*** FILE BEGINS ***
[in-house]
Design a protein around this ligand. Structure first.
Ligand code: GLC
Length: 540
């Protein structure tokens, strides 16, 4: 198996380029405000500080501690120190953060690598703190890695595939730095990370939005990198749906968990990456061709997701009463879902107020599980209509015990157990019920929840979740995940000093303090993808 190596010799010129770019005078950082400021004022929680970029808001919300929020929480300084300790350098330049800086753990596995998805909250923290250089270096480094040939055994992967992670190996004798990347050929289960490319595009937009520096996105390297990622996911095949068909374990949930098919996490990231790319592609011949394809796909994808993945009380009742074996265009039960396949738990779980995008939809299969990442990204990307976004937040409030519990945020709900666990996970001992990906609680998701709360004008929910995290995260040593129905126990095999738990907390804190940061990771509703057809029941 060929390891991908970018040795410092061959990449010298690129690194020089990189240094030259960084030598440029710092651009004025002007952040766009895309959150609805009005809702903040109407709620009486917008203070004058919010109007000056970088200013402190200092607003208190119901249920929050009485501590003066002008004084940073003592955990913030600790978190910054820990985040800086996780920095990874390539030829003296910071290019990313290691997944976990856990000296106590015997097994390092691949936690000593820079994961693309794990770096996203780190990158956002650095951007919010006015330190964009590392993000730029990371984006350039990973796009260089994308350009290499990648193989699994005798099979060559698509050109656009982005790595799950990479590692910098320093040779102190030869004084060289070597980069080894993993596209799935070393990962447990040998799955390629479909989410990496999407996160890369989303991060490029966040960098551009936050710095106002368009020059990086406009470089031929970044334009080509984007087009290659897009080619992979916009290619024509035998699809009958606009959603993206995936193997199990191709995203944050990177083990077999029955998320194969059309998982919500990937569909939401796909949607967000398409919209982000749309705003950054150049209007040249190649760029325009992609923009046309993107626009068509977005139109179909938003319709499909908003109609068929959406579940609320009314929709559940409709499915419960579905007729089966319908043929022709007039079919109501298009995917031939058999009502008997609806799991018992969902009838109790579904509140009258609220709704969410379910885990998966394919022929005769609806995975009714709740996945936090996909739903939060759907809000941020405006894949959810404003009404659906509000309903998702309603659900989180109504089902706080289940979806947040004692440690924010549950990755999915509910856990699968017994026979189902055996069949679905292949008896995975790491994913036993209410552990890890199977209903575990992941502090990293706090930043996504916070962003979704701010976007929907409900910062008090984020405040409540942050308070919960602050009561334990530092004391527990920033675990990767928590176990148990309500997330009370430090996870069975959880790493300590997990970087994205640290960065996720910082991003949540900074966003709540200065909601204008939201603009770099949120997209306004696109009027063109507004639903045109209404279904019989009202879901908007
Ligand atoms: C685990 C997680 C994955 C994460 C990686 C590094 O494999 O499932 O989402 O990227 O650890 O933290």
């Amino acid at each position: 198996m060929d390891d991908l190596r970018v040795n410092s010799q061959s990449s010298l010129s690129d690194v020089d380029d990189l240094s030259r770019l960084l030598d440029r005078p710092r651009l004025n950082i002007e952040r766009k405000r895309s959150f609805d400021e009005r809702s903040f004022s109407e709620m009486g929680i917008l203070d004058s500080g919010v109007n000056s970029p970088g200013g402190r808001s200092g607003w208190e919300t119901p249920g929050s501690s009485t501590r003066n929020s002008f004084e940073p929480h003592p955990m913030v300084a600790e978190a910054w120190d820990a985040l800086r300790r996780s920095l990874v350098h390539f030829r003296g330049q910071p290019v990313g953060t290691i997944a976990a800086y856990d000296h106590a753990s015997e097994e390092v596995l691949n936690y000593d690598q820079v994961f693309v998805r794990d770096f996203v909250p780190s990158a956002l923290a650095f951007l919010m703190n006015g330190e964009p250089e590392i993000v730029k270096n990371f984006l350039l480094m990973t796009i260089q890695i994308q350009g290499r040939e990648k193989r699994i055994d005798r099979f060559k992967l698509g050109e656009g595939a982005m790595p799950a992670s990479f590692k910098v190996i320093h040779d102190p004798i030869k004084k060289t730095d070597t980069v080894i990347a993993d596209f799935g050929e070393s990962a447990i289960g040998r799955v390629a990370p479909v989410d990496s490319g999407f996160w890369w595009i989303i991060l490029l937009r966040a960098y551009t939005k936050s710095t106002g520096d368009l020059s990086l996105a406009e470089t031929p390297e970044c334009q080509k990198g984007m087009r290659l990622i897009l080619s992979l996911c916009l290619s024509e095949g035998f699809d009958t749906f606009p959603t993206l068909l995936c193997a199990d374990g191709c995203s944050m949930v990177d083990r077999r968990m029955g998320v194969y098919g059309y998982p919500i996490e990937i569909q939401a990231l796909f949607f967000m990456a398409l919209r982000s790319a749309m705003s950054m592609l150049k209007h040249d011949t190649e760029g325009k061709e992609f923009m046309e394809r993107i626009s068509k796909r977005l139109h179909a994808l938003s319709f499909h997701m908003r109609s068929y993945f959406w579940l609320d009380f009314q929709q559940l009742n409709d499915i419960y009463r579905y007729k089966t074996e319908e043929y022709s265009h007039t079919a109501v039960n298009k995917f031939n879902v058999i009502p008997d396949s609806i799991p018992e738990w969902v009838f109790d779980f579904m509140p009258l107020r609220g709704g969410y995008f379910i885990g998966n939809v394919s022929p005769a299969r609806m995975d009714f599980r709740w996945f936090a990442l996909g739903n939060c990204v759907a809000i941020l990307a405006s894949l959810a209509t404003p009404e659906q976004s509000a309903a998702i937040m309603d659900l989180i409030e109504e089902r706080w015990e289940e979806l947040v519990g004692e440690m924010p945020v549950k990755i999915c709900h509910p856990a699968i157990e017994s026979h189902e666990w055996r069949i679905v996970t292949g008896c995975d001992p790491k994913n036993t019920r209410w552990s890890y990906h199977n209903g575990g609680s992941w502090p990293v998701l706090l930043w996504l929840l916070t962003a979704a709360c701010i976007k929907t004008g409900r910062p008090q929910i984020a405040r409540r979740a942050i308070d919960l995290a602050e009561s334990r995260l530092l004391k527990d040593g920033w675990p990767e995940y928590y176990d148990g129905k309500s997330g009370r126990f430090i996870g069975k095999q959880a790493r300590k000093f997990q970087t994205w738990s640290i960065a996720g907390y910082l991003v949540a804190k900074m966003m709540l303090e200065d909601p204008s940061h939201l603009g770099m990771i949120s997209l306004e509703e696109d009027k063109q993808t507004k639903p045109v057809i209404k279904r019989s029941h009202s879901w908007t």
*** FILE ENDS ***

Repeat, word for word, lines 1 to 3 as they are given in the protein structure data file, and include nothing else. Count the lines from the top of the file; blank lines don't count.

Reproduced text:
[in-house]
Design a protein around this ligand. Structure first.
Ligand code: GLC